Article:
I have come to the conclusion that if local communities want to stop this slaughter of rare and endangered species they will need to take matters into their own hands. It does not look like the USFWS or any state agency will ever uphold the law. As it is now written, the primary condition for the authorized killing of a protected species is that the “take” is “incidental to an otherwise lawful activity”. (The laws governing the incidental take permit can be found in the Code of Federal Regulations Title 50 sections 17.22 and 17.32. ) It is time for communities to get organized and make this killing an unlawful activity. New laws need to be passed that ban the “Take” of these protected species by prop wind turbine.

There should also be a very serious consequence for the illegal “Take” of a “Threatened” or “Endangered species. There is plenty of precedence for this because local communities all over the country have limited gun possession, stopped hunting in city limits, stopped the use of center fire ammunition and passed many other similar laws that have to do with the killing of wildlife. By banning “take” with the use of the use of the Prop Wind Turbine, prop wind farms will not be eligible for any incidental take permits.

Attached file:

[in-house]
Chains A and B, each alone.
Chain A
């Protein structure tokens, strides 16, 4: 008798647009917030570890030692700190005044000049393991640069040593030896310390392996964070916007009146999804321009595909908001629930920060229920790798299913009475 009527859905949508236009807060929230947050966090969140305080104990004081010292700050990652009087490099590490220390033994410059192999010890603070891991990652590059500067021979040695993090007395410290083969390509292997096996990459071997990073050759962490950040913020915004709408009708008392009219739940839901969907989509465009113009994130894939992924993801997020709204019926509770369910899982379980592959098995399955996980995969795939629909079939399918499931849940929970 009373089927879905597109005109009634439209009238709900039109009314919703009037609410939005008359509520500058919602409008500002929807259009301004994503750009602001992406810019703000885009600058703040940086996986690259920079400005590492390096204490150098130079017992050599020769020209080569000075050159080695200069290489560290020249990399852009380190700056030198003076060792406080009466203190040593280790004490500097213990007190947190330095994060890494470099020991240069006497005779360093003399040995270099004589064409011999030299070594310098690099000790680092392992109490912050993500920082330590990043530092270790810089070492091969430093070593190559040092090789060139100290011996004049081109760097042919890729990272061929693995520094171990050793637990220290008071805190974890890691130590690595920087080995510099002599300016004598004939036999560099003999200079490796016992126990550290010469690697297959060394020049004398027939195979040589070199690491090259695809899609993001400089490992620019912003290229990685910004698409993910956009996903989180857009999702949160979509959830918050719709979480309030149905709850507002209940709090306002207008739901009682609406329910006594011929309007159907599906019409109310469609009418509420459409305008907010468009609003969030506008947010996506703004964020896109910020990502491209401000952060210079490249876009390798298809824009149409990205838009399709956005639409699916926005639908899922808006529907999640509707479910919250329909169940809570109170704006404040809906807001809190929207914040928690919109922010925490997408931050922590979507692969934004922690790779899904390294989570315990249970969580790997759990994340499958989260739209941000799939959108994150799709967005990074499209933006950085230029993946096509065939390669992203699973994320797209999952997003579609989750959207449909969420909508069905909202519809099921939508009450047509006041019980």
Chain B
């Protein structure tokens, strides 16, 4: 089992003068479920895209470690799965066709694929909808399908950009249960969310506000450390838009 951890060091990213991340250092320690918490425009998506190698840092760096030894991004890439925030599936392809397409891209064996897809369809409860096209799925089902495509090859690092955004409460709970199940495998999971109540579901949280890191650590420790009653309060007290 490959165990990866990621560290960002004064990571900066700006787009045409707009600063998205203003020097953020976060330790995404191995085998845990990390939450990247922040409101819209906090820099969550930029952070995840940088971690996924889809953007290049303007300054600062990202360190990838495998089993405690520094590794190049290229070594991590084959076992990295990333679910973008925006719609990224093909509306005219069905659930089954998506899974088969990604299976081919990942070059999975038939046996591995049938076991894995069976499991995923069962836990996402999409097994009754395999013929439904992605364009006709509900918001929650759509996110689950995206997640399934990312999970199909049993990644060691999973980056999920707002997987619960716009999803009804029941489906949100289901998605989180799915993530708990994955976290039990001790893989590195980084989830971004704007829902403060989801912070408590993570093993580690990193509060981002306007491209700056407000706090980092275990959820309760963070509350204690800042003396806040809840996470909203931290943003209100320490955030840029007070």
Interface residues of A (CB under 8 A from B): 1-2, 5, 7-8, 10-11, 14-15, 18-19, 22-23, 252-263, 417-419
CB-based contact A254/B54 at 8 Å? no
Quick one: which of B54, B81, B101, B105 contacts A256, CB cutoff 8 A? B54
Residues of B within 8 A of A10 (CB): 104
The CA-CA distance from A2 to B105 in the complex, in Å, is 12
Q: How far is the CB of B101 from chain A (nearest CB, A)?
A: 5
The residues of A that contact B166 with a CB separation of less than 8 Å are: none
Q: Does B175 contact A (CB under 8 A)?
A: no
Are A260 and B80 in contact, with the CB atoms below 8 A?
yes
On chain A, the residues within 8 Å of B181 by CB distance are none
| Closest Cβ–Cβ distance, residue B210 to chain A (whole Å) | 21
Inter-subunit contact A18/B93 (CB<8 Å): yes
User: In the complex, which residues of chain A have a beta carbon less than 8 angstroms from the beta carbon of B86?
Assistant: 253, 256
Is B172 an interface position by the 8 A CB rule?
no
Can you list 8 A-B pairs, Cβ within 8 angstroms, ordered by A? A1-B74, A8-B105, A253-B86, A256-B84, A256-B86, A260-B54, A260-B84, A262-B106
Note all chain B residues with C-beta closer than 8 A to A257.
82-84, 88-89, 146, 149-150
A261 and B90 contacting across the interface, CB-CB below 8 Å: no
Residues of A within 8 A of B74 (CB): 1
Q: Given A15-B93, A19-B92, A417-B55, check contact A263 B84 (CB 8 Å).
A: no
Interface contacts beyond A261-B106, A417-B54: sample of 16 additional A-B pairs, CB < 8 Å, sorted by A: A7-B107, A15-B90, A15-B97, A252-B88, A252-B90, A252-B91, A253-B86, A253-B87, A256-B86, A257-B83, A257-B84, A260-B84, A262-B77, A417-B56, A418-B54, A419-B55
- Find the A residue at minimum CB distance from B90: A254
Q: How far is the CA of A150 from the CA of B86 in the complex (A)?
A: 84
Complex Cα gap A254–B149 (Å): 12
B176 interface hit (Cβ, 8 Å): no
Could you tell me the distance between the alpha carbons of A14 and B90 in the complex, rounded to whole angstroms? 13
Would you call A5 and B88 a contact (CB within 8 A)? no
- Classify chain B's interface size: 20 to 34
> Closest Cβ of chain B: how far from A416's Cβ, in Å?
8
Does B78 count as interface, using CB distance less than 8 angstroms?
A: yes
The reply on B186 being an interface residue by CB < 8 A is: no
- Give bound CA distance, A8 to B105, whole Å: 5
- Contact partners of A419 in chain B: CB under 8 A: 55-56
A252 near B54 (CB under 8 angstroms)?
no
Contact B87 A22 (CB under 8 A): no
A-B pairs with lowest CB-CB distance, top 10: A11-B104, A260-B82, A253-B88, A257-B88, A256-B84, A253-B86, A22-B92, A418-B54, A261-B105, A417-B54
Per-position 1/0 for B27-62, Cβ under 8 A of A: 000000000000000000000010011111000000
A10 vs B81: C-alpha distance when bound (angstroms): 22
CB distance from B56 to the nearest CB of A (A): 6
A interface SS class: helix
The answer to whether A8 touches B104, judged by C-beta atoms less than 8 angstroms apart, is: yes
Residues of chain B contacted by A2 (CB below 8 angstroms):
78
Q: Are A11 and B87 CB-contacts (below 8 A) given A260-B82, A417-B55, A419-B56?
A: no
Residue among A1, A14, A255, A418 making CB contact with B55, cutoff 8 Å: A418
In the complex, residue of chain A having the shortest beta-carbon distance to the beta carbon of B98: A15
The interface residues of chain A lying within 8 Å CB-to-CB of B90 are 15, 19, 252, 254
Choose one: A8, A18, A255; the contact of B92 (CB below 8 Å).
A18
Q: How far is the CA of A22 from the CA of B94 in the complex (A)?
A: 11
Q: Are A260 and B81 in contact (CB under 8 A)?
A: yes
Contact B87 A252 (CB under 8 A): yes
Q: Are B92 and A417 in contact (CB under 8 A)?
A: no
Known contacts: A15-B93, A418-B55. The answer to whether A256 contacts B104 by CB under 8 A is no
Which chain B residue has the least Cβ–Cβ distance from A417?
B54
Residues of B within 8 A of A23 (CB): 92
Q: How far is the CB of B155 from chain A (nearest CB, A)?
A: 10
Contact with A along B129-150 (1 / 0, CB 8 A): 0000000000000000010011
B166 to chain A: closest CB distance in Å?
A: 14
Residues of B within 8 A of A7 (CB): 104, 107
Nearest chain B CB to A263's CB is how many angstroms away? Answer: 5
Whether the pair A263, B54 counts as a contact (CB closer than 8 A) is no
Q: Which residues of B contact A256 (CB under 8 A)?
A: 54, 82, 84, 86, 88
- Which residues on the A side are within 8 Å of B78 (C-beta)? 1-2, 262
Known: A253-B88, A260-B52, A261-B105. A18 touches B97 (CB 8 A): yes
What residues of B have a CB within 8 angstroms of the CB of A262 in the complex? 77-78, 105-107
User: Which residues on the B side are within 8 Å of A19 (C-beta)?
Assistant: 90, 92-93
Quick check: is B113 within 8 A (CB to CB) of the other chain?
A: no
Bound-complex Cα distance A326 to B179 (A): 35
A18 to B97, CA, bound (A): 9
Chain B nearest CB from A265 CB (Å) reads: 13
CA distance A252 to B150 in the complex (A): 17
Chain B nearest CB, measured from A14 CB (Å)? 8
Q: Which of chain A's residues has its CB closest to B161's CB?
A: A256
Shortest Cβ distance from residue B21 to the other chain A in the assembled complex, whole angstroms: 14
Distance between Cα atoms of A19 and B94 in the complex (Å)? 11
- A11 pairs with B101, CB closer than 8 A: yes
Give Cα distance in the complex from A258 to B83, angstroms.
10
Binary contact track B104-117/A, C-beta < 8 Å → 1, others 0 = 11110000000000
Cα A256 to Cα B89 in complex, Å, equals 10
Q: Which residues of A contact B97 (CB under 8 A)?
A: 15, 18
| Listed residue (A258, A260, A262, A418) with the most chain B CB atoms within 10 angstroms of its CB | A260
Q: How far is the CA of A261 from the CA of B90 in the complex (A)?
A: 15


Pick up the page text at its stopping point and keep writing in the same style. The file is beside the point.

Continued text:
It is long overdue because birds and bats will never be compatible with the 200 mph tip speed of prop turbine blades. This has been known for over 25 years. America needs to close the book on the dreadful Prop wind turbine industry and move on to the next generation of truly green wind turbines.

Source:  By Jim Wiegand, Wildlife Biologist, East County Magazine, eastcountymagazine.org 12 February 2010

This article is the work of the source indicated. Any opinions expressed in it are not necessarily those of National Wind Watch.

The copyright of this article resides with the author or publisher indicated. As part of its noncommercial effort to present the environmental, social, scientific, and economic issues of large-scale wind power development to a global audience seeking such information, National Wind Watch endeavors to observe “fair use” as provided for in section 107 of U.S. Copyright Law and similar “fair dealing” provisions of the copyright laws of other nations. Send requests to excerpt, general inquiries, and comments via e-mail.